Cleaning in and out

A toilet paper brand that pitches way above its category!

The ad film for Peruvian brand Super toilet paper, by the agency 121 (Peru), positions the product on 2 levels – the functional clean and the metaphorical clean. It works well because of how it is written – short and pithy.

In Peru, there is so much to clean up.
I can clean you on the outside, but the inside depends on you.
Leave a table clean, but I can’t clean what’s underneath.
I can get rid of Carlito’s flu, but not the lack of consciousness of his father.
You can always take me with you, but I can’t take care of the other things you take.
I can clean your hands, but not what you do with it.
You can find me everywhere, but asking for a ticket is up to you.
It is up to each one of us to make Peru better.

Smart work connecting a brand of cleaning paper to cleaning the nation!

Super is not the first brand to use this narrative of the ‘clean-inside’ to sell a cleaning (external) product. An Indian brand used the same narrative too!

Back in 2017, the Indian detergent powder brand ‘Ghadi’, from the Kanpur-based company Rohit Surfactants Private Limited, launched the ‘Saare Mael Dho Daalo’ campaign for the first time during Holi, in March. The agency was ADK Fortune.

The narrative is the same as Super toilet paper – there are 2 levels of ‘stains’ (or dirt; mael, in Hindi) that we can observe. One can be cleaned by the product that is advertising, but the other, the stain in the mind, can be cleaned only by us humans by consciously putting an effort.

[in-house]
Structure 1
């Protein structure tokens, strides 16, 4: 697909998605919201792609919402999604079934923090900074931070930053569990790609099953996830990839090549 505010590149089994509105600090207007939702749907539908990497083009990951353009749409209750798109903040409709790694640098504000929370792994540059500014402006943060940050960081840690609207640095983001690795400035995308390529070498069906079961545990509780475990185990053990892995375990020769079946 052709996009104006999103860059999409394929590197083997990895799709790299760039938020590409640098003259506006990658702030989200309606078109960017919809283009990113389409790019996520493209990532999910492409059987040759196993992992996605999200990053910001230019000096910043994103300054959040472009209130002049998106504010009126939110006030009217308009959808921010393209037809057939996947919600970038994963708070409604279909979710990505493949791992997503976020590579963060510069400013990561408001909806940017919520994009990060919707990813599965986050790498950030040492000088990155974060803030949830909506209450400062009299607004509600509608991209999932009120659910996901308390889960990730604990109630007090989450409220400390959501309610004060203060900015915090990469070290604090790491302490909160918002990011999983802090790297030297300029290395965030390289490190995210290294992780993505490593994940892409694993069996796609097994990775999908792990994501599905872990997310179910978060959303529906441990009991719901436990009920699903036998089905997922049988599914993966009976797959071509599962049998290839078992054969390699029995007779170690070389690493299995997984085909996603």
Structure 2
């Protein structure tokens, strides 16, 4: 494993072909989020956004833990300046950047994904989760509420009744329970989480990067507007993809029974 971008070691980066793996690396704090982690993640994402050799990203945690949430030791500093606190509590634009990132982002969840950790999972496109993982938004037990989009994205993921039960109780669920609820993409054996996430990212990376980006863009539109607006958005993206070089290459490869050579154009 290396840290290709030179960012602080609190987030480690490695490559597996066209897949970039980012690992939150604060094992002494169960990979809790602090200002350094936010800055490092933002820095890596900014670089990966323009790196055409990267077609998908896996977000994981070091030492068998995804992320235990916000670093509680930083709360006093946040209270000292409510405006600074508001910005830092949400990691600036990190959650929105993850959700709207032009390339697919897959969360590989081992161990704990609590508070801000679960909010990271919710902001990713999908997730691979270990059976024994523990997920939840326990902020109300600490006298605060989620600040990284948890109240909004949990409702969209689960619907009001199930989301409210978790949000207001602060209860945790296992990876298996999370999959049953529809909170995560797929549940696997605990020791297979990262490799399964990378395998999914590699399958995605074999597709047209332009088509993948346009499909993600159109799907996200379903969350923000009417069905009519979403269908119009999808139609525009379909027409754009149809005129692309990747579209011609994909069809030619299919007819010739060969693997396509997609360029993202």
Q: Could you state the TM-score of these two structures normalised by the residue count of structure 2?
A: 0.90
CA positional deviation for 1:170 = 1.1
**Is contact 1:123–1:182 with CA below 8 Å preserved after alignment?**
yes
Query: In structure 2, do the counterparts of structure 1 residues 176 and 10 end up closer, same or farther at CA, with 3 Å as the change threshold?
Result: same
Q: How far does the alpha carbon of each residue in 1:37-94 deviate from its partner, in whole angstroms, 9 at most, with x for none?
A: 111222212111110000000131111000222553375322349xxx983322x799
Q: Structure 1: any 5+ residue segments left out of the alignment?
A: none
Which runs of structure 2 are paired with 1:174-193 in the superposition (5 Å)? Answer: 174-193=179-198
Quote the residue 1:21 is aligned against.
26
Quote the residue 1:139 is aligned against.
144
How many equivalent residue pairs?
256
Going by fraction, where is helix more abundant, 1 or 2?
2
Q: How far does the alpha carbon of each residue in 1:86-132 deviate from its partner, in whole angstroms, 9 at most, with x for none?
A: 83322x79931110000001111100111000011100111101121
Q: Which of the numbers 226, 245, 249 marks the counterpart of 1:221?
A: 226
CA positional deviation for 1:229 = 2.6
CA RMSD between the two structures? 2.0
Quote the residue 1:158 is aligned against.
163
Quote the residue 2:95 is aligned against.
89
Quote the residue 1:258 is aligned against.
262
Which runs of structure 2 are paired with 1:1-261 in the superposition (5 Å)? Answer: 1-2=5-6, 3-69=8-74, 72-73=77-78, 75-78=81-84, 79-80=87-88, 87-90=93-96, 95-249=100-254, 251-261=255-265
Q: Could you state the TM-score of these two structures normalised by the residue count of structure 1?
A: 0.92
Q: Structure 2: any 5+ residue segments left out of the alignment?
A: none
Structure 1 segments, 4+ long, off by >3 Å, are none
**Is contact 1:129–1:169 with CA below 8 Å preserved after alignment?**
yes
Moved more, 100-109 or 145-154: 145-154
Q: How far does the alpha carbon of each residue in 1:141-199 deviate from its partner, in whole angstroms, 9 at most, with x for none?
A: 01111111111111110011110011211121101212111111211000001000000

Buoyed by the success of the campaign, Ghadi and ADK Fortune went on to use the theme for many more films – 2 for Eid (2017 and 2019) and 2 for Diwali (2017 and 2018).

The product categories are totally different – Super is a toilet paper brand, while Ghadi is a detergent powder. In the former, you use the product to clean something and throw it away, while in the latter, you use the product to clean your clothes and reuse them!

The countries are completely different too. But both agencies considered selling their product, primarily meant to clean, using a narrative that focuses on 2 levels of ‘clean’ – inside and outside.

This is quite different from Unilever’s famous ‘Dirt is good’ narrative that they launched globally in 2003, and was adopted in India as ‘Daag achche hai’ in 2005 for Hindustan Unilever’s Surf Excel.

This plank tried to make a positive out of dirt/stains and not see it as the unwanted evil as other detergent brands were framing it as.

If you observe Ghadi’s Saare Mael Dho Daalo ad films, even they have people getting stains on their clean white clothes whole doing good things and changing their mind for the better/good. But instead of focusing on the by-product of being good, Ghadi offered that all kinds of stains can be cleaned – one with Ghadi and the other with conscious effort. Surf Excel/Unilever framed it differently – sometimes, when you are doing good, the dirt is fine (because we are here for removing the surface dirt).

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